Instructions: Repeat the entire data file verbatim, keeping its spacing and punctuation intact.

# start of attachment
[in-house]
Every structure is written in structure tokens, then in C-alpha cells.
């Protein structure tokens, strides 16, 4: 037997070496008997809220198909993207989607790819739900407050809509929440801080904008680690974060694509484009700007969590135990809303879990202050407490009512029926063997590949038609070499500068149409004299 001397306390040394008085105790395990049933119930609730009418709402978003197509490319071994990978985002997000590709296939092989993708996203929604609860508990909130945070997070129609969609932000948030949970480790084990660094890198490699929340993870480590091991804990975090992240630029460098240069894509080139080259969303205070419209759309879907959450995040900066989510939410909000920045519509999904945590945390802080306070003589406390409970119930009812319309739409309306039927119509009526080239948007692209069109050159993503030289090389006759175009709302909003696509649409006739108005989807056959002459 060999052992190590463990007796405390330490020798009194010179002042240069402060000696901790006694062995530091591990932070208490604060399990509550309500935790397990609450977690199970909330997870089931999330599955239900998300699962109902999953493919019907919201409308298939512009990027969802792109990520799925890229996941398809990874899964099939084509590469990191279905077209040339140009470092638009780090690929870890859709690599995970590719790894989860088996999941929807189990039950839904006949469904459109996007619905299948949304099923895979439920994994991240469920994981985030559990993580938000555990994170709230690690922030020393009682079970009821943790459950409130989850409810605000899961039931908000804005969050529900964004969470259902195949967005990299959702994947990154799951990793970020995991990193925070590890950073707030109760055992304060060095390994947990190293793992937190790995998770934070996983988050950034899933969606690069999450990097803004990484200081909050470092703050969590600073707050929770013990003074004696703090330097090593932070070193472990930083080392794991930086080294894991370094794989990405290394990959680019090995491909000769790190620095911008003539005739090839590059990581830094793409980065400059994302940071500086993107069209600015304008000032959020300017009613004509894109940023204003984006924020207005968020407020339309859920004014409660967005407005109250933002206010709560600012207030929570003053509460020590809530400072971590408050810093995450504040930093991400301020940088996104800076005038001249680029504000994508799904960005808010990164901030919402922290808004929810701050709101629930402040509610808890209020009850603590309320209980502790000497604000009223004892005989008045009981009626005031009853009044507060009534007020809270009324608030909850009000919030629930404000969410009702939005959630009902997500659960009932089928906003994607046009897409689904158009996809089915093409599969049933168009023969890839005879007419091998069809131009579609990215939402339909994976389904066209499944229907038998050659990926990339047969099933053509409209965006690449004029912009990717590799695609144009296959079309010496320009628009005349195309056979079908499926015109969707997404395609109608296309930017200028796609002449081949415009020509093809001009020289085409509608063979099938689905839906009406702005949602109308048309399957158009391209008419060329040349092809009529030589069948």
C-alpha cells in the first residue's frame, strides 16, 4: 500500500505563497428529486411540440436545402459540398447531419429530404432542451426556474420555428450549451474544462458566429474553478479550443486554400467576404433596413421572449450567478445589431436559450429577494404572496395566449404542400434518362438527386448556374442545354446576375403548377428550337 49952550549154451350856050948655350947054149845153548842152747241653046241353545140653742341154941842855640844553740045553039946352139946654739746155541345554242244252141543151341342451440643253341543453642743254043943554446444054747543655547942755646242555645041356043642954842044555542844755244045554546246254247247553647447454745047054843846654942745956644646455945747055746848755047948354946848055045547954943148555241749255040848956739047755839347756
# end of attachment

[in-house]
Every structure is written in structure tokens, then in C-alpha cells.
């Protein structure tokens, strides 16, 4: 037997070496008997809220198909993207989607790819739900407050809509929440801080904008680690974060694509484009700007969590135990809303879990202050407490009512029926063997590949038609070499500068149409004299 001397306390040394008085105790395990049933119930609730009418709402978003197509490319071994990978985002997000590709296939092989993708996203929604609860508990909130945070997070129609969609932000948030949970480790084990660094890198490699929340993870480590091991804990975090992240630029460098240069894509080139080259969303205070419209759309879907959450995040900066989510939410909000920045519509999904945590945390802080306070003589406390409970119930009812319309739409309306039927119509009526080239948007692209069109050159993503030289090389006759175009709302909003696509649409006739108005989807056959002459 060999052992190590463990007796405390330490020798009194010179002042240069402060000696901790006694062995530091591990932070208490604060399990509550309500935790397990609450977690199970909330997870089931999330599955239900998300699962109902999953493919019907919201409308298939512009990027969802792109990520799925890229996941398809990874899964099939084509590469990191279905077209040339140009470092638009780090690929870890859709690599995970590719790894989860088996999941929807189990039950839904006949469904459109996007619905299948949304099923895979439920994994991240469920994981985030559990993580938000555990994170709230690690922030020393009682079970009821943790459950409130989850409810605000899961039931908000804005969050529900964004969470259902195949967005990299959702994947990154799951990793970020995991990193925070590890950073707030109760055992304060060095390994947990190293793992937190790995998770934070996983988050950034899933969606690069999450990097803004990484200081909050470092703050969590600073707050929770013990003074004696703090330097090593932070070193472990930083080392794991930086080294894991370094794989990405290394990959680019090995491909000769790190620095911008003539005739090839590059990581830094793409980065400059994302940071500086993107069209600015304008000032959020300017009613004509894109940023204003984006924020207005968020407020339309859920004014409660967005407005109250933002206010709560600012207030929570003053509460020590809530400072971590408050810093995450504040930093991400301020940088996104800076005038001249680029504000994508799904960005808010990164901030919402922290808004929810701050709101629930402040509610808890209020009850603590309320209980502790000497604000009223004892005989008045009981009626005031009853009044507060009534007020809270009324608030909850009000919030629930404000969410009702939005959630009902997500659960009932089928906003994607046009897409689904158009996809089915093409599969049933168009023969890839005879007419091998069809131009579609990215939402339909994976389904066209499944229907038998050659990926990339047969099933053509409209965006690449004029912009990717590799695609144009296959079309010496320009628009005349195309056979079908499926015109969707997404395609109608296309930017200028796609002449081949415009020509093809001009020289085409509608063979099938689905839906009406702005949602109308048309399957158009391209008419060329040349092809009529030589069948």
C-alpha cells in the first residue's frame, strides 16, 4: 500500500505563497428529486411540440436545402459540398447531419429530404432542451426556474420555428450549451474544462458566429474553478479550443486554400467576404433596413421572449450567478445589431436559450429577494404572496395566449404542400434518362438527386448556374442545354446576375403548377428550337 49952550549154451350856050948655350947054149845153548842152747241653046241353545140653742341154941842855640844553740045553039946352139946654739746155541345554242244252141543151341342451440643253341543453642743254043943554446444054747543655547942755646242555645041356043642954842044555542844755244045554546246254247247553647447454745047054843846654942745956644646455945747055746848755047948354946848055045547954943148555241749255040848956739047755839347756